Dec 17, 2019

GOP monetizes impeachment as Dems try to change the subject

Illustration: Sarah Grillo/Axios

Republicans have embraced impeachment as a boost for fundraising and messaging more easily than Democrats, who are playing up a few impeachment "villains" to swing voters — but are also making it clear they’d rather talk about health care.

Why it matters: Assuming Trump gets impeached by the House this week and acquitted next month by the Senate, Republicans and Democrats are already looking beyond the legislative exercise to shape next November's elections.

By the numbers: Republicans are more than happy to talk about their impeachment fundraising — a big contrast to how Democrats talk about it.

The Republican National Committee has seen over 600k new donors since the start of impeachment, deputy chief of staff Mike Reed tells Axios. "Voters are consistently expressing how they want Washington to focus on real issues," he said.

  • The Trump campaign and RNC combined took in more than $10m in small-dollar donations last week alone, as the House Judiciary Committee adopted two articles of impeachment, according to a campaign official.
  • In the 72 hours that followed House Speaker Nancy Pelosi’s initial September announcement that she would move forward with the impeachment inquiry, Republicans raised $15m.
  • Since the impeachment inquiry began, an official said, a quarter of Trump rally registrants are self-described Democrats or independents, and about the same proportion are low-propensity voters.

By contrast, the Democratic Congressional Campaign Committee said it has no specific donor or dollar figures to share on impeachment.

  • But a Democratic National Committee official said their impeachment-related ads are 70% more effective than their average ad.
  • And there are signs it has helped some Democrats. Phil Arballo, the Democratic challenger to the House Intelligence panel's ranking Republican, Rep. Devin Nunes of California, has raised more than $500,000 (average contribution: $25) in roughly one month since the public impeachment hearings began Nov. 13, Axios has learned.
  • He's been running ads about Nunes’ phone records and conversations with Lev Parnas — the now-indicted associate of Rudy Giuliani.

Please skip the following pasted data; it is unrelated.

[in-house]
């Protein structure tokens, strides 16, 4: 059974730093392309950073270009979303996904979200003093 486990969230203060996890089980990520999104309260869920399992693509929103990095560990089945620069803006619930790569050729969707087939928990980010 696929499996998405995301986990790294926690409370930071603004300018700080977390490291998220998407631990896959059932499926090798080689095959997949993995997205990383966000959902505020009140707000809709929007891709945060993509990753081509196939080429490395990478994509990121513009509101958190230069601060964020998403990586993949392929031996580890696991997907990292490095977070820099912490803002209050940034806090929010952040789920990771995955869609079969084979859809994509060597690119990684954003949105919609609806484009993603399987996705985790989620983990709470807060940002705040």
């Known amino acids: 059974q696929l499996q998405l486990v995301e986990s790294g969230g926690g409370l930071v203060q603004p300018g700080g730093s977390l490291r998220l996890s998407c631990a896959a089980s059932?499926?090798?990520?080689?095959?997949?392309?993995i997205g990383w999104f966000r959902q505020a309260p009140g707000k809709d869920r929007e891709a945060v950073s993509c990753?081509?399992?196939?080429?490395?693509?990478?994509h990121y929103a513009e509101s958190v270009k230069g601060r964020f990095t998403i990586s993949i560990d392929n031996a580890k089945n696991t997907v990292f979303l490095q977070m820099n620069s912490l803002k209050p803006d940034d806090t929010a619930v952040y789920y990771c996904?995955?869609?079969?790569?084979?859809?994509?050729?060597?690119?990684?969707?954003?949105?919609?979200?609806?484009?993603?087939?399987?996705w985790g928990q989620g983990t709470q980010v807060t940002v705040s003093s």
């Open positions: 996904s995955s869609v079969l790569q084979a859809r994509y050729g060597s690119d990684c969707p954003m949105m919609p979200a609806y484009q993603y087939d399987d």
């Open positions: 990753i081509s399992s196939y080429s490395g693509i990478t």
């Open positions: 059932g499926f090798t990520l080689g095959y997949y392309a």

Three Republican foils beyond Trump have emerged in Democratic messaging: Nunes, Senate Majority Leader Mitch McConnell of Kentucky and Senate Judiciary Committee Chairman Lindsey Graham of South Carolina.

  • The National Democratic Training Committee (NDTC) — a Democratic PAC — has raised $651,802 in the past month, and tells Axios that criticisms of Nunes, McConnell and Graham are "strong performers" for them. Their average contribution has been just over $12.
  • "Graham and Nunes have both been excellent villains," said Kelly Dietrich, NDTC CEO. Democrats see Graham as a "hypocrite" after watching old clips of him agitating for President Bill Clinton's impeachment, and see Nunes as being personally involved in Trump's dealings with Ukraine and against the Bidens.
  • House Intelligence Committee chairman Rep. Adam Schiff (D-Calif.) helps Democrats with their donor base, while Republicans tap into their base's animosity toward Schiff.

But, but, but: Health care is the preferred focus for Democratic officials because of the margins they see in polling, especially with swing voters.

  • Recent polls show voters trust Democrats over Republicans to handle health care by a 16-point margin, but there's only a 4-point margin among the voters who think Trump should be impeached.
  • Last week, in the thick of the impeachment hearings, the DNC conducted a big health care push in battleground states.
  • "Our war room was doing stuff on impeachment, but our program focused on the battleground states and non-national narrative was focused on health care," one party official said. "I'm not saying impeachment won’t have salience with swing voters, but what we know right now is that health care is incredibly effective with those voters."

Our thought bubble: While impeachment may be good for GOP fundraising, it's not a given that it helps Trump, whose legacy after Wednesday's vote will forever be tied to impeachment.

Go deeper

Focus group: Pennsylvania swing voters unhappy with McConnell's impeachment comments

Illustration: Aïda Amer/Axios. Photo: Drew Angerer/Getty Staff

WILKES-BARRE, Pa. — Senate Majority Leader Mitch McConnell's public comment that he will not be an "impartial juror" in President Trump's Senate trial has alienated some swing voters here — even though they support Trump and are fed up with impeachment.

Why it matters: These voters told us they think all 100 senators on both sides of the aisle have a responsibility to be impartial under the Constitution. (Their oath requires them to promise "impartial justice according to the Constitution and laws.")

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In six months, a phone call between President Trump and Ukraine's president escalated into a full-blown crisis that is culminating in Trump's impeachment.

What's next: Assuming the House approves articles of impeachment later tonight, Trump will face a trial in the Senate next month — which is likely to end in his acquittal, since Senate Republicans have already been openly dismissive about the merits of the case against him.

Go deeperArrowDec 18, 2019

House Democrats' drama on delivering Trump's impeachment articles

Photo: Matt McClain/The Washington Post via Getty Images

Some House Democrats are pushing to delay sending the articles of impeachment to the Senate — a potentially powerful weapon that could delay President Trump's trial.

Why it matters: It's leverage to get Senate Majority Leader Mitch McConnell to agree to provisions, such as witnesses, that Senate Democrats want and McConnell initially rejected.

Go deeperArrowDec 19, 2019